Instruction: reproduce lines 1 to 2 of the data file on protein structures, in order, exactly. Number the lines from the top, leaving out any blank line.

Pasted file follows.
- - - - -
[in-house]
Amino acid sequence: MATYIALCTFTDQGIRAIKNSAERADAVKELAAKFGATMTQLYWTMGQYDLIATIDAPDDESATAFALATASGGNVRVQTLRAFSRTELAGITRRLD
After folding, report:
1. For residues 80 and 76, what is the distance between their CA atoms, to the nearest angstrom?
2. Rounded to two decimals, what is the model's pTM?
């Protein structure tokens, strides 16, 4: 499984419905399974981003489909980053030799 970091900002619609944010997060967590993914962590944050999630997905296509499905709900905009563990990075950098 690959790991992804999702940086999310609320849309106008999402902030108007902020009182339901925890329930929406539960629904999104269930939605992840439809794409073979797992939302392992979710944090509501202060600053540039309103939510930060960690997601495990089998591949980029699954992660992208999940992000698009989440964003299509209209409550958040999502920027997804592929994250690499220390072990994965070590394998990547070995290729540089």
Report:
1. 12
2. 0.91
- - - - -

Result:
[in-house]
Amino acid sequence: MATYIALCTFTDQGIRAIKNSAERADAVKELAAKFGATMTQLYWTMGQYDLIATIDAPDDESATAFALATASGGNVRVQTLRAFSRTELAGITRRLD